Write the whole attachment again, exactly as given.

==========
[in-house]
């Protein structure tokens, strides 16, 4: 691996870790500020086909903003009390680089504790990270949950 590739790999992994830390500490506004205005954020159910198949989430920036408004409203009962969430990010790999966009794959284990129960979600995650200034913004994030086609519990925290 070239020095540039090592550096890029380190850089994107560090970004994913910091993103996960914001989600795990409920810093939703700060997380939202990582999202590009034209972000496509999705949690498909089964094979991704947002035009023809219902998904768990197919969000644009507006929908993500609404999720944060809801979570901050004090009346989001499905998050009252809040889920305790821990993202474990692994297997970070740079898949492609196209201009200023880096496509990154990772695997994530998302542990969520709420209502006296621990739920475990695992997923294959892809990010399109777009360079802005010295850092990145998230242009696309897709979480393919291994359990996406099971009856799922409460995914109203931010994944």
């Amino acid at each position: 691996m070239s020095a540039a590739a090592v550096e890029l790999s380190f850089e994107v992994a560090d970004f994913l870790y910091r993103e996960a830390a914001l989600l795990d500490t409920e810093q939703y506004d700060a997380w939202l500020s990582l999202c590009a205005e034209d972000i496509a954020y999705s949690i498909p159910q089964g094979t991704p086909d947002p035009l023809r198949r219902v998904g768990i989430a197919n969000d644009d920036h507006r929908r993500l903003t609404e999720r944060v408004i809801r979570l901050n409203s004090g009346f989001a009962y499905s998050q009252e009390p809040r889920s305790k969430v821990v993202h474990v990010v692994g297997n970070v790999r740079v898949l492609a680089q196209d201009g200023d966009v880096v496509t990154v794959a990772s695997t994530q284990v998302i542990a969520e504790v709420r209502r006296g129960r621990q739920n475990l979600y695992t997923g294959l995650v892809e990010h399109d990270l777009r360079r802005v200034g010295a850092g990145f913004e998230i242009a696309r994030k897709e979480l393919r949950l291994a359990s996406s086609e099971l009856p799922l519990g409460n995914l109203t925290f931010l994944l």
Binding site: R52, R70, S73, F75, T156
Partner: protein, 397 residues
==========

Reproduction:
[in-house]
């Protein structure tokens, strides 16, 4: 691996870790500020086909903003009390680089504790990270949950 590739790999992994830390500490506004205005954020159910198949989430920036408004409203009962969430990010790999966009794959284990129960979600995650200034913004994030086609519990925290 070239020095540039090592550096890029380190850089994107560090970004994913910091993103996960914001989600795990409920810093939703700060997380939202990582999202590009034209972000496509999705949690498909089964094979991704947002035009023809219902998904768990197919969000644009507006929908993500609404999720944060809801979570901050004090009346989001499905998050009252809040889920305790821990993202474990692994297997970070740079898949492609196209201009200023880096496509990154990772695997994530998302542990969520709420209502006296621990739920475990695992997923294959892809990010399109777009360079802005010295850092990145998230242009696309897709979480393919291994359990996406099971009856799922409460995914109203931010994944």
């Amino acid at each position: 691996m070239s020095a540039a590739a090592v550096e890029l790999s380190f850089e994107v992994a560090d970004f994913l870790y910091r993103e996960a830390a914001l989600l795990d500490t409920e810093q939703y506004d700060a997380w939202l500020s990582l999202c590009a205005e034209d972000i496509a954020y999705s949690i498909p159910q089964g094979t991704p086909d947002p035009l023809r198949r219902v998904g768990i989430a197919n969000d644009d920036h507006r929908r993500l903003t609404e999720r944060v408004i809801r979570l901050n409203s004090g009346f989001a009962y499905s998050q009252e009390p809040r889920s305790k969430v821990v993202h474990v990010v692994g297997n970070v790999r740079v898949l492609a680089q196209d201009g200023d966009v880096v496509t990154v794959a990772s695997t994530q284990v998302i542990a969520e504790v709420r209502r006296g129960r621990q739920n475990l979600y695992t997923g294959l995650v892809e990010h399109d990270l777009r360079r802005v200034g010295a850092g990145f913004e998230i242009a696309r994030k897709e979480l393919r949950l291994a359990s996406s086609e099971l009856p799922l519990g409460n995914l109203t925290f931010l994944l």
Binding site: R52, R70, S73, F75, T156
Partner: protein, 397 residues